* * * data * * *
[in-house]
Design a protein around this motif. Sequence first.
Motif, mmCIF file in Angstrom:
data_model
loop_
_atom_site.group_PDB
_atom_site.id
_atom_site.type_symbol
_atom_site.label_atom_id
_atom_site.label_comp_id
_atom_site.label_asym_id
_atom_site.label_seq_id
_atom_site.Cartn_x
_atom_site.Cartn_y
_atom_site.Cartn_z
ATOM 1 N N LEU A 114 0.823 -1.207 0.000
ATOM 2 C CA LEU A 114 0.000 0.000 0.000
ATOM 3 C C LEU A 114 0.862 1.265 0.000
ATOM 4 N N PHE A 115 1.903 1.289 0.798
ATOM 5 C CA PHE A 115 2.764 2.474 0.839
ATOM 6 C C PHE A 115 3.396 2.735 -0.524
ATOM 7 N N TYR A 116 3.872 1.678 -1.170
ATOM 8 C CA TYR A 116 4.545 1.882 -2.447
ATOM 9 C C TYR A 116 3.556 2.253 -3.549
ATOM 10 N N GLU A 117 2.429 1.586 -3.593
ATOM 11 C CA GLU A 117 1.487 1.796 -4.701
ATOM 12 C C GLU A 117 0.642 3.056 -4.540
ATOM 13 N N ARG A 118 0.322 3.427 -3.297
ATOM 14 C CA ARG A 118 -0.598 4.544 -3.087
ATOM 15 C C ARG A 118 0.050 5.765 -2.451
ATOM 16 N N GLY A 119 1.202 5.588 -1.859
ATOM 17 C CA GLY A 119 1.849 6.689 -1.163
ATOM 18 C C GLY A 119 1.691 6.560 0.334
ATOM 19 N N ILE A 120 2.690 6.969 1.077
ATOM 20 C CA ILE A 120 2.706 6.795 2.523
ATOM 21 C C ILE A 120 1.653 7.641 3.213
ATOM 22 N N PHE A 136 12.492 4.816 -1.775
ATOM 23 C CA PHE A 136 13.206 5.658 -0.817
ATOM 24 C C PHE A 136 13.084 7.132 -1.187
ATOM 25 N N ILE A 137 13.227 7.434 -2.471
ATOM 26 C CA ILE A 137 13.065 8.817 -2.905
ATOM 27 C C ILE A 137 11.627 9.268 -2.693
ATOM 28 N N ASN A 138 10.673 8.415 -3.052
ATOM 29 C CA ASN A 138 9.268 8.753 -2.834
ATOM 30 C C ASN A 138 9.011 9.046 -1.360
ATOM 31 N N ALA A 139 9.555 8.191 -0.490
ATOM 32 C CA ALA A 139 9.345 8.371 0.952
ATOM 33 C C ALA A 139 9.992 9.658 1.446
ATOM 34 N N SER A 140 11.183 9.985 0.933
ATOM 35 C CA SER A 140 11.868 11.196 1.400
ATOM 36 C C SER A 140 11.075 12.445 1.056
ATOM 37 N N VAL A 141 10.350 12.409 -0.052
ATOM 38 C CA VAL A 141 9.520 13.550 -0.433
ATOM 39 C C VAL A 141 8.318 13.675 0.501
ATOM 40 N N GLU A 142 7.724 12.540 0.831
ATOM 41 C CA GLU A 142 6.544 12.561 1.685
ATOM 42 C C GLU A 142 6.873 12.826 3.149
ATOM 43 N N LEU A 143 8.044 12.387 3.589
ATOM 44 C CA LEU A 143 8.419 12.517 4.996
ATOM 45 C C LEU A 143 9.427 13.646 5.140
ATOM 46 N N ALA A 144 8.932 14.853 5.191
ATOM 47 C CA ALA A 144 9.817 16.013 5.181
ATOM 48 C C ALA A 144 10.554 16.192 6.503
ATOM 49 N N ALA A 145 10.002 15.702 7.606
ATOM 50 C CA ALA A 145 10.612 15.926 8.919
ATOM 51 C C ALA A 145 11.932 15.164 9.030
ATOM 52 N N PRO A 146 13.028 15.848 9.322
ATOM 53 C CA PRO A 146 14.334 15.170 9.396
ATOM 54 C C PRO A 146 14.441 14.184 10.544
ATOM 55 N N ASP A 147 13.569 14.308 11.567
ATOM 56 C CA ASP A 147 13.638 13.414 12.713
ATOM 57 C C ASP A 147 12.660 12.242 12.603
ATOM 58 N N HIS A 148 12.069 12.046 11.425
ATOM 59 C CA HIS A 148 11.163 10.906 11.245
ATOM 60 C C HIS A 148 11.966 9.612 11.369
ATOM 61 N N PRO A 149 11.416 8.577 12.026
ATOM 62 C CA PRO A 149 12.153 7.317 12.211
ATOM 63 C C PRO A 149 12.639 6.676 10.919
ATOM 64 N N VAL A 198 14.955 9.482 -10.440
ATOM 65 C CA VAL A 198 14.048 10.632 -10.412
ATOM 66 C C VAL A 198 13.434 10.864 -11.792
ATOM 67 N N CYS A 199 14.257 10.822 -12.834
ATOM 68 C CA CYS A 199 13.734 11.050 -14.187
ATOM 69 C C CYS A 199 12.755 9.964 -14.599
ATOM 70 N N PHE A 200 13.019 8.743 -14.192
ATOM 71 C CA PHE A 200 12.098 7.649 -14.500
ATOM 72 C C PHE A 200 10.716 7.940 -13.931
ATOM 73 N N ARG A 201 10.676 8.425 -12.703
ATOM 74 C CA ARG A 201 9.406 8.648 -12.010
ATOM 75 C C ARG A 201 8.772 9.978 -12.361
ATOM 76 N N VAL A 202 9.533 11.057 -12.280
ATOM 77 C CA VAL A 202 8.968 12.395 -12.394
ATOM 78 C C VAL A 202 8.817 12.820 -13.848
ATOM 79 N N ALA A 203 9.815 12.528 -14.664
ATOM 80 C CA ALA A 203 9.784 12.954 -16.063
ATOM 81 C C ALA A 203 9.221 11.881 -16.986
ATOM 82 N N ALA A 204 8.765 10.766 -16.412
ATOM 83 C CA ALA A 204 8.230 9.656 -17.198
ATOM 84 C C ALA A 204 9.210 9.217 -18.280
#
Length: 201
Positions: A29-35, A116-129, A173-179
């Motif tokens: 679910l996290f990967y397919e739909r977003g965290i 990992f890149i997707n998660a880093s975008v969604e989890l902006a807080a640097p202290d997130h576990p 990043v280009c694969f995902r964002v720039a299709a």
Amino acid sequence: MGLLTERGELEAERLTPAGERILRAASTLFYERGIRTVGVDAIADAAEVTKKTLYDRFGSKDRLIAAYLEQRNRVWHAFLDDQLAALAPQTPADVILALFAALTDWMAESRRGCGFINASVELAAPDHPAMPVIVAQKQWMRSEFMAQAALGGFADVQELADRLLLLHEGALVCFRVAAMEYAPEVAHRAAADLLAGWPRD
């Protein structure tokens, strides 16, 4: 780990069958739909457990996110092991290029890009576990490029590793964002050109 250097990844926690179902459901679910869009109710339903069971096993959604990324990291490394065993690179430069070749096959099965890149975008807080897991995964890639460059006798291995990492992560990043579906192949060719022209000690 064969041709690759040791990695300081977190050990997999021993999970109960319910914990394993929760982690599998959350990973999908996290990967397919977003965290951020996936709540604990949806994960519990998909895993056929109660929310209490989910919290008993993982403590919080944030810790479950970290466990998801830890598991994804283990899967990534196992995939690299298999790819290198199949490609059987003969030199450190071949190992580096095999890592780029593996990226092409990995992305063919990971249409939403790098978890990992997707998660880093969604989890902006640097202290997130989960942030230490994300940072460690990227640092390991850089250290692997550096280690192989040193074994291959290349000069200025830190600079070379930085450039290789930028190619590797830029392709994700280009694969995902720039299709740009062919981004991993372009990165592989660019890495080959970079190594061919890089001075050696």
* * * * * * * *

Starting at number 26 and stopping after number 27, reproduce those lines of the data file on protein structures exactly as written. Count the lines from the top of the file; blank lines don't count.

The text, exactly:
ATOM 11 C CA GLU A 117 1.487 1.796 -4.701
ATOM 12 C C GLU A 117 0.642 3.056 -4.540